Zionsville Town Council approves funds for new nature center, sprinkler system


Compiled by Ann Marie Shambaugh

The Zionsville Town Council held its regular meeting Nov. 2 and approved several items.

What happened: The council approved $300,000 to help build a new home for the Zion Nature Center that could also serve as a temporary town hall if needed.

What it means: Both the Zion Nature Center and town hall are in buildings that are likely to be used for other purposes or under construction in the future, so both were looking at temporary moves. This solution will allow both entities to spend less than they were expecting to pay separately on temporary options toward a building that can provide a permanent home for the Zion Nature Center and be a backup option for town hall.

What’s next: The parks board can use $250,000 already approved for the nature center relocation but must approve an addition $50,000 for the new solution. The funds approved by the council will come from the Cumulative Capital Development fund.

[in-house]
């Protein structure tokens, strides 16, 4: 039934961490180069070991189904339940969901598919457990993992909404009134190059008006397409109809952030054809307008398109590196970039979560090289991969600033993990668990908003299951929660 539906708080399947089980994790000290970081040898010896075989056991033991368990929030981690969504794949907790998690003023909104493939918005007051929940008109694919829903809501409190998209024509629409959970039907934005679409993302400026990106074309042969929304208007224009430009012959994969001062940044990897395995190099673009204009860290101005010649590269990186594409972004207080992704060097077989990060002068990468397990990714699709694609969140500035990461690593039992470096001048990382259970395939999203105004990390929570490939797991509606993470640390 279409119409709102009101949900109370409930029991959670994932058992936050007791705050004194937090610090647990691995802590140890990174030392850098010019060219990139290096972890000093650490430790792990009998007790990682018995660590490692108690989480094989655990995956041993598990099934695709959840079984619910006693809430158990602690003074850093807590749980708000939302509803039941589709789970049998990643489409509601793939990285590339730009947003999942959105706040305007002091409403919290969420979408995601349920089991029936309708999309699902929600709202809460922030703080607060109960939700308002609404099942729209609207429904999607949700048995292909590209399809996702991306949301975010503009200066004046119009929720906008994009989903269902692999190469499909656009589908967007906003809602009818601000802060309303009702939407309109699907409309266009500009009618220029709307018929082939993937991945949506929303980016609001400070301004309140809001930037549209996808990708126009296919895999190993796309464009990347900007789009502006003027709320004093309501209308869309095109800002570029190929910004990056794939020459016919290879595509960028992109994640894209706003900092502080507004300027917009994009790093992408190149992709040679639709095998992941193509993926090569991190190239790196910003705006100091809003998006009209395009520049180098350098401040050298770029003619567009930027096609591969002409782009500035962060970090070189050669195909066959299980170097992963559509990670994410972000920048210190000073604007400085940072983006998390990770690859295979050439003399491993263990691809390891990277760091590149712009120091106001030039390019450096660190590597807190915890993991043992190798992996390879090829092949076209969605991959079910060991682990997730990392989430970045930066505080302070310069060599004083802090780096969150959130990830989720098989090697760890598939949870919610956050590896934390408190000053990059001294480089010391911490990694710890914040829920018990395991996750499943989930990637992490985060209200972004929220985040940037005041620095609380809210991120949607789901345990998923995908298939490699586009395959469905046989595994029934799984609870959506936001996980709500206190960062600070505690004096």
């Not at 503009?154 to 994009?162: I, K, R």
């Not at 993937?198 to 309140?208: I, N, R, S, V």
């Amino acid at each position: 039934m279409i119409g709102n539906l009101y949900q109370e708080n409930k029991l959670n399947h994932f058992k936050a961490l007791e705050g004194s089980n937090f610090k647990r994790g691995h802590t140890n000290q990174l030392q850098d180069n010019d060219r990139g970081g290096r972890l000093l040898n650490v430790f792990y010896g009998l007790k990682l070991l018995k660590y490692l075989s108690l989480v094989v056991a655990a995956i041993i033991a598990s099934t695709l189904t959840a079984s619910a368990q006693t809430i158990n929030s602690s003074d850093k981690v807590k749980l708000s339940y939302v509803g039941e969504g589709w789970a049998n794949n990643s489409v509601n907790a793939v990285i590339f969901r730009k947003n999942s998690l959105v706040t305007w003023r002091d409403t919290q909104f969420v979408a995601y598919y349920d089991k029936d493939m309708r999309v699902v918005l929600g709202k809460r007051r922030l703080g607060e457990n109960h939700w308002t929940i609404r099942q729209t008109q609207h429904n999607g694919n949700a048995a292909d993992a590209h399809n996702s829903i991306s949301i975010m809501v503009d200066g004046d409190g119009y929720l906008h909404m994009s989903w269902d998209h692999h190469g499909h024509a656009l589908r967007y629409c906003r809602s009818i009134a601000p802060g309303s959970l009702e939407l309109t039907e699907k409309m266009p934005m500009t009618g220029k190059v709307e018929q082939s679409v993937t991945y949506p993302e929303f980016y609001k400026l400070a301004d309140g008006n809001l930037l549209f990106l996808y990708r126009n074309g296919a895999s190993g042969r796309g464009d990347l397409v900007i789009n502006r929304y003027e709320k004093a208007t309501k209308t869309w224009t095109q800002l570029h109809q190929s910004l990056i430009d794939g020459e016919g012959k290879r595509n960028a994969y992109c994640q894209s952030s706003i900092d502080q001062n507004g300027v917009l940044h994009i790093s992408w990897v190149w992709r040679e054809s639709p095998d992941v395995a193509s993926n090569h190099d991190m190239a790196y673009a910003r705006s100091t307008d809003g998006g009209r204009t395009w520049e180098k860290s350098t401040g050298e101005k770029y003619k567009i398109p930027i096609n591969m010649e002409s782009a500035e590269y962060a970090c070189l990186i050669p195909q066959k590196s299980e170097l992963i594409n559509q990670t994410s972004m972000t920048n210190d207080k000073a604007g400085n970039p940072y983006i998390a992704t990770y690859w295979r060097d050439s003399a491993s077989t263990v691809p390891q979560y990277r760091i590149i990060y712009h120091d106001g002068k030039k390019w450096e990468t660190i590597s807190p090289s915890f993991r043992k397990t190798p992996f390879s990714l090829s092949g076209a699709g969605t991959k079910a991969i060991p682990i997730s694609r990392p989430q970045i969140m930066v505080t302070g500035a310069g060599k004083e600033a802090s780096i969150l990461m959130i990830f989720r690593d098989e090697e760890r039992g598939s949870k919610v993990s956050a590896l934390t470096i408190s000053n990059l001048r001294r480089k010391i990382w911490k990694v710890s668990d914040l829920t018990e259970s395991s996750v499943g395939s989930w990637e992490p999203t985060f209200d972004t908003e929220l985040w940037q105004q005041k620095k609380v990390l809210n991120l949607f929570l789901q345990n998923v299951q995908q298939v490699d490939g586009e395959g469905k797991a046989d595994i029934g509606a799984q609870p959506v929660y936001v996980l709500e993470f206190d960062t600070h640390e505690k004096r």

What happened: The council approved $50,000 to replace the sprinkler system in the Municipal Services Building.

What it means: The sprinkler system at the Municipal Services Building has had numerous issues in recent years, which have led to flooding problems. Councilors agreed that it would save money to replace the system rather than continue to pay for repairs.

What’s next: The project will be funded through the Cumulative Capital Development Fund, which already has enough cash in reserves to cover the cost.


What happened: The council approved an agreement with the City of Indianapolis for intersection improvements at Zionsville Road and 96th Street.

What it means: The southern end of the project is in Marion County, where Zionsville will need to acquire right of way to complete the project. The improvements are funded through Boone County Redevelopment Commission funds, but the town of Zionsville will be responsible for maintenance of the improvements once complete. Improvements include an upgraded signal, additional lanes, bike lanes, sidewalks and adjusting the intersection alignment.

What’s next: The city of Indianapolis will vote on the agreement. If approved, work is expected to begin in the spring and last for a couple of months.


What happened: The council approved a change to the comprehensive plan to include information from a study to determine possibilities for a future north-south connector road.

What it means: With the growth of residential areas and schools on the west side of Zionsville, the town is looking to add a north-south connector road between Oak Street and CR 575 to help with traffic flow. The study determined three possible locations for the road, two of which would intersect with Cooper Road.

What’s next: The town will continue to study the issue.